A Victorian cut-glass thirty-six light chandelier, attributed to Osler, last quarter 19th century
20,000 - 30,000 GBP
bidding is closed
each branch festooned with trails of drips and drops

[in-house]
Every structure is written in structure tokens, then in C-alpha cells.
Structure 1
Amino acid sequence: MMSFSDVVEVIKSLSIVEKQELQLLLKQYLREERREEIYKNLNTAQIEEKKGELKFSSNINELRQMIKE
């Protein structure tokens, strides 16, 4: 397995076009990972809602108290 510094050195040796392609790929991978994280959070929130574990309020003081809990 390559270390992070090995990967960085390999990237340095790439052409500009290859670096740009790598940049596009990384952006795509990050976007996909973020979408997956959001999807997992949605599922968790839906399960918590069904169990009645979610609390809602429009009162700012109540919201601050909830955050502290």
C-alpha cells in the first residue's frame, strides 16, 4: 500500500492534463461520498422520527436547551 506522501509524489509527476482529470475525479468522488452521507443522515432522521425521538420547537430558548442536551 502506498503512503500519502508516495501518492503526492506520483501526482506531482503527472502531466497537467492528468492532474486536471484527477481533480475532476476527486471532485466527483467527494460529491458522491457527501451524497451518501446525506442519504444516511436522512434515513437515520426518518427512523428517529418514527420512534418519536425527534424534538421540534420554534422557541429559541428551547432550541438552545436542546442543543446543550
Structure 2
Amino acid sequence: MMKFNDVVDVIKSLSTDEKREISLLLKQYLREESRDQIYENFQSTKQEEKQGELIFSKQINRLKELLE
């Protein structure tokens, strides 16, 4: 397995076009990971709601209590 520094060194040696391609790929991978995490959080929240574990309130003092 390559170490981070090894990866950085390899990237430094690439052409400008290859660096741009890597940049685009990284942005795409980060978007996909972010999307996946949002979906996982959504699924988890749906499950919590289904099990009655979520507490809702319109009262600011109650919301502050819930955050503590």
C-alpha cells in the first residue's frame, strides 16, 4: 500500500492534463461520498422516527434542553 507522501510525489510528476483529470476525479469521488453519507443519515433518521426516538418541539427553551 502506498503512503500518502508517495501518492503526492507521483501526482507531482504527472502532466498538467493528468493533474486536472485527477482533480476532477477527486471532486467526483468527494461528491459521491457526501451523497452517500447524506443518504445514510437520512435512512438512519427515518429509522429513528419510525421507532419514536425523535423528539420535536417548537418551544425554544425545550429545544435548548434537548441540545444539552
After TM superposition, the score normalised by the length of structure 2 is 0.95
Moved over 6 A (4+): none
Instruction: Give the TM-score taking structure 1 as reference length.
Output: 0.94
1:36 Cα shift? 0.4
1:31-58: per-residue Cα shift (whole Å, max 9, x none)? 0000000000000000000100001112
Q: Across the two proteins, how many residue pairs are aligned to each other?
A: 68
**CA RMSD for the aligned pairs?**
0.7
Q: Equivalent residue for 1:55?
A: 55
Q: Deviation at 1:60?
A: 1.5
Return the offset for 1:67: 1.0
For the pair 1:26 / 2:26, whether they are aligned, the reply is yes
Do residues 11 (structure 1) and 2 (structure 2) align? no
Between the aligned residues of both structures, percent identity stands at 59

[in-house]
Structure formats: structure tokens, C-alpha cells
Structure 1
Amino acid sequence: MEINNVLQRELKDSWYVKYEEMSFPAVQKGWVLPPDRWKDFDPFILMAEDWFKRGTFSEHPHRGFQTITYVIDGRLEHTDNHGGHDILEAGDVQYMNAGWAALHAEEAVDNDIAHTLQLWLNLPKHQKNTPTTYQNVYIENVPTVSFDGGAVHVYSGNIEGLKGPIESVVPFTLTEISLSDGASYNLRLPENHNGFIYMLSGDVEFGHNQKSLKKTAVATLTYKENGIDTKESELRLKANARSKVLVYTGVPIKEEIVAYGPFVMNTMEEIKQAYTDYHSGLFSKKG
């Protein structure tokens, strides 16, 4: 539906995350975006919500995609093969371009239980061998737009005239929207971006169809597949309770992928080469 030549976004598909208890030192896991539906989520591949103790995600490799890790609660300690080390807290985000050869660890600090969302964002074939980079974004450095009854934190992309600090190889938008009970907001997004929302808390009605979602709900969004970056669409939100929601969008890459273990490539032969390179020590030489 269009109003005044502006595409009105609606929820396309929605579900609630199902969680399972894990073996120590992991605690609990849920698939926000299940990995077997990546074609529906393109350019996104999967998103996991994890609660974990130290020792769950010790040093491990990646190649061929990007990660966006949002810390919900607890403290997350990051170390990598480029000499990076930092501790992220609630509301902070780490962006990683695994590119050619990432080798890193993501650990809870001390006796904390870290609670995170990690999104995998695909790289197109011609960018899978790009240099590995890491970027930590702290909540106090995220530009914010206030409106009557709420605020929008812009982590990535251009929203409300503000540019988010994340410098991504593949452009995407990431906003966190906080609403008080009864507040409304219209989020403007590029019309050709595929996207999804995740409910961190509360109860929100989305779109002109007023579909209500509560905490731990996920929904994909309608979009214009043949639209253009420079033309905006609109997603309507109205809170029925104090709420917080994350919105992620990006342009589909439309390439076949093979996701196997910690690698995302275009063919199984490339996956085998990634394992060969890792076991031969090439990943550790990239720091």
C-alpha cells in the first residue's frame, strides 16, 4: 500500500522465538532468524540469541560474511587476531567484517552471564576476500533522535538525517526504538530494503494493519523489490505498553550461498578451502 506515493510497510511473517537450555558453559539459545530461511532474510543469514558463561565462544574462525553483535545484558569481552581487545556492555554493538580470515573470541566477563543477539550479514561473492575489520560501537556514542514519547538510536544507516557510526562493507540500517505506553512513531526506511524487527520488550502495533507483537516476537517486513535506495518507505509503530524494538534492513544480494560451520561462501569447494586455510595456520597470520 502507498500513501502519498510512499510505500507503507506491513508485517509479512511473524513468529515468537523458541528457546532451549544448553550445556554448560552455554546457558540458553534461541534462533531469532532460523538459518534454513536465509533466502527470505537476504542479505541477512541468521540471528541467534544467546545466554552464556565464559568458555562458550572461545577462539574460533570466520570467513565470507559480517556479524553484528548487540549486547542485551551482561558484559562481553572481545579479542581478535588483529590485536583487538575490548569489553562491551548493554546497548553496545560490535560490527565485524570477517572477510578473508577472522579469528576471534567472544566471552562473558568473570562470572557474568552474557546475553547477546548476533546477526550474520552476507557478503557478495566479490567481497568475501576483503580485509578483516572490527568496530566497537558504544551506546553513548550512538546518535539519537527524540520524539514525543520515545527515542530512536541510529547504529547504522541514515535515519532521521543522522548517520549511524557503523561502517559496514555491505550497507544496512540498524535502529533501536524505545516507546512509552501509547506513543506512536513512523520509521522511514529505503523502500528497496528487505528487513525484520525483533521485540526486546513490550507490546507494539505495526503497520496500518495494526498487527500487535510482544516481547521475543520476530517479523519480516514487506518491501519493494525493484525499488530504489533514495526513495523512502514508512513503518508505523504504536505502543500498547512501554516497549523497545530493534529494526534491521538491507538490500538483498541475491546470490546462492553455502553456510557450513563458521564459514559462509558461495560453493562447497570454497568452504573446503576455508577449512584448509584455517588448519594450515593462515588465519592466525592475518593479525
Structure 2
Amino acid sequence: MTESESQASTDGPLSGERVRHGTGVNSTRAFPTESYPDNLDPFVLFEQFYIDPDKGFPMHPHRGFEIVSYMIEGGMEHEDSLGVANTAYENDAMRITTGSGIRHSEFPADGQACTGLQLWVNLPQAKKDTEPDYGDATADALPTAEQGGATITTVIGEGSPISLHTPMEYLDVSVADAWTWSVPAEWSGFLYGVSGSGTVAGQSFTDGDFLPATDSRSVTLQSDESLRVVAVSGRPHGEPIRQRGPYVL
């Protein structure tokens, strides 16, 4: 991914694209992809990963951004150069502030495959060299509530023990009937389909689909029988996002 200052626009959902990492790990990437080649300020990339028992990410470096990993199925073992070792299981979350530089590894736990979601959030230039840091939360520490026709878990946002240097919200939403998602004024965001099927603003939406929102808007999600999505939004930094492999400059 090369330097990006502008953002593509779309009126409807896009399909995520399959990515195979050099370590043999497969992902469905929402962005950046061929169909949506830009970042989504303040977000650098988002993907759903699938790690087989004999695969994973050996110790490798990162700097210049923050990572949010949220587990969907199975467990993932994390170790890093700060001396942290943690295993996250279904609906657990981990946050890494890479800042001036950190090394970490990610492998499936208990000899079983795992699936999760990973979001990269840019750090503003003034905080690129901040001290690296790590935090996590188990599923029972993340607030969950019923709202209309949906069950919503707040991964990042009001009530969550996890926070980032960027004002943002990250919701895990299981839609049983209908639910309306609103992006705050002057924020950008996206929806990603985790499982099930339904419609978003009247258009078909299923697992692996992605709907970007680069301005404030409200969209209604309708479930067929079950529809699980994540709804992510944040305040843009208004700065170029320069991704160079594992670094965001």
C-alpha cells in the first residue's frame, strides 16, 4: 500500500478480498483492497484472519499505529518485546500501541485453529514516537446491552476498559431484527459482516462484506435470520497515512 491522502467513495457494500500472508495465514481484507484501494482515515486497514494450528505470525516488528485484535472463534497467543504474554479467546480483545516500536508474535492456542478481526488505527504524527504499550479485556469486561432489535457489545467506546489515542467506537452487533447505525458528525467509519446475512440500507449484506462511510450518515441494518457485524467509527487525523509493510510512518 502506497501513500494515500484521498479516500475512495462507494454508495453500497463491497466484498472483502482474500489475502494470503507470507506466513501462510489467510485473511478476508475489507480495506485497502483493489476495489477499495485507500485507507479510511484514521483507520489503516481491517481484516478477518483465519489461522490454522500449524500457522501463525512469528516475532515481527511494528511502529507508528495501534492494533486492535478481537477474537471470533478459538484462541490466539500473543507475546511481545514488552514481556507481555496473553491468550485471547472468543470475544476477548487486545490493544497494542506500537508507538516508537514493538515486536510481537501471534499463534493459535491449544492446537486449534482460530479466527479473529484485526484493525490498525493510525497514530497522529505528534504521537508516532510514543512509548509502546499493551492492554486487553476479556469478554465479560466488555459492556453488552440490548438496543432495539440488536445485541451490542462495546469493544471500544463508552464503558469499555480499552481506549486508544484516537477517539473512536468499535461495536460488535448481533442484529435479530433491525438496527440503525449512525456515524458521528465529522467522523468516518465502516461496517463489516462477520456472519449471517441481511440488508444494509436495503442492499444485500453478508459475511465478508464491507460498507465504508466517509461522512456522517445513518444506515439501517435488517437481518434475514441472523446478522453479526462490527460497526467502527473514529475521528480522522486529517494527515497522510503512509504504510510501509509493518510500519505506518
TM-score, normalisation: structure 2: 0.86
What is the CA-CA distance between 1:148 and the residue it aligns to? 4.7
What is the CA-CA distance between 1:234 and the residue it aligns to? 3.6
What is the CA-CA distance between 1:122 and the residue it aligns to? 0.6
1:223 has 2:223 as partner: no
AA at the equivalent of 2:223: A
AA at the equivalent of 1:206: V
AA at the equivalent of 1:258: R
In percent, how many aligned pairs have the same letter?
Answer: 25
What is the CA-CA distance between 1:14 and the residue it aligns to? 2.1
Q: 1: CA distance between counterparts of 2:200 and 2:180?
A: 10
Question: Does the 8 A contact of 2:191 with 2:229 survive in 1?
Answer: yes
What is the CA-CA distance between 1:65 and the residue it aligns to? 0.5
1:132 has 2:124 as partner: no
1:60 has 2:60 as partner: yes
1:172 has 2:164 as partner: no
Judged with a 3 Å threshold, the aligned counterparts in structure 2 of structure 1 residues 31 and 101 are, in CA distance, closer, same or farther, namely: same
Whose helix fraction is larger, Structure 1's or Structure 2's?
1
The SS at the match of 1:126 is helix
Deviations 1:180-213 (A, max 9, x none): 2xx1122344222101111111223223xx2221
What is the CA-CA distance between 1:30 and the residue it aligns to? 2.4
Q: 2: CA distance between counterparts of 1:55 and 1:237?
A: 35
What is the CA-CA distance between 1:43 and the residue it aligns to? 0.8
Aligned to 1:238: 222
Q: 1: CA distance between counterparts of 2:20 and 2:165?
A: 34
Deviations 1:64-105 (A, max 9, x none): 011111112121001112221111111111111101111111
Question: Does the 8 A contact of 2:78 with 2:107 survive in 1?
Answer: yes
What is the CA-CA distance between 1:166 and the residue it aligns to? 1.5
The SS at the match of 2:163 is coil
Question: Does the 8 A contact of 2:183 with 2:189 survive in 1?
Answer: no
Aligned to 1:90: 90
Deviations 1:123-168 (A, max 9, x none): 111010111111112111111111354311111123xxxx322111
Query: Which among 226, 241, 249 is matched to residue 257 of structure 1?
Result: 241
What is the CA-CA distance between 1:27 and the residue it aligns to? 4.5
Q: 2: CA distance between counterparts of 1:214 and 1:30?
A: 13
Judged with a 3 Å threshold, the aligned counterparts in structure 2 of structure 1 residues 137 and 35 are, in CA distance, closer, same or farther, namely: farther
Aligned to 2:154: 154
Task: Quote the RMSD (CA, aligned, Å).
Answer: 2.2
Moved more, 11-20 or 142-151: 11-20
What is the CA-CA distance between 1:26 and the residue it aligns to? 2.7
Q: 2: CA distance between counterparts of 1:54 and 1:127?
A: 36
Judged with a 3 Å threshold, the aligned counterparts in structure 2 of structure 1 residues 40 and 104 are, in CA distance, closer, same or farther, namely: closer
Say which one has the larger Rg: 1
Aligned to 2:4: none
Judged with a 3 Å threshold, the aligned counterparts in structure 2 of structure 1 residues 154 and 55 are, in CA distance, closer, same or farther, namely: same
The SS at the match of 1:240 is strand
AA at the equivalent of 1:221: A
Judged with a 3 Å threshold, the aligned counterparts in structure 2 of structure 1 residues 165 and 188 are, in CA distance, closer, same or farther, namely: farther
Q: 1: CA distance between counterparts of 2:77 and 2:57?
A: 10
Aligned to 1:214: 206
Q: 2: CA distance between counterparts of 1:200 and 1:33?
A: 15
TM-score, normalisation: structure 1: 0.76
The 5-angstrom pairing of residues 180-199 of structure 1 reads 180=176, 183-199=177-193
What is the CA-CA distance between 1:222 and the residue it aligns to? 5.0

Established in Broad Street, Birmingham, in 1807 by Thomas Osler and William Shakespeare, the business specialised initially in selling drops and spangles for chandeliers. They were joined by Thomas`s son Abraham Follett Osler in 1831, who brought renewed vigour to the business. Although initially they were severely hampered by the high duties payable on glass in England, fortunately in 1845 the duties were repealed owing to pressure from the trade and the firm opened showrooms at 44 Oxford Street, London. By this time Follett had begun making innovative designs and had successfully encouraged his brother to join the firm. He expanded his business into Calcutta sharing showrooms with the silversmiths and jewellers Hamilton and Co. When Ibraham Pacha the ruler of Egypt commissioned four enormous candelabra from Osler for the tomb of the prophet Mahomet at Mecca, the company took the opportunity to display them in their London showroom attracting the attention of such important visitors as Prince Albert, the Duke of Wellington and Sir Robert Peel. By the time of the Great Exhibition in 1851 their reputation was sufficient to secure them a space at the centre of the transept of the great Crystal Palace in which to display their breath-taking and ambitious twenty foot high crystal fountain. A few years later the Art Journal noted, `No other producer attempts to compete with them in large pieces; in these they stand alone and have done so for upwards of a quarter of a century. But they do not rest their fame solely on the purity of their glass: they obtain the aid of a high order, and their designs are invariably of great excellence.'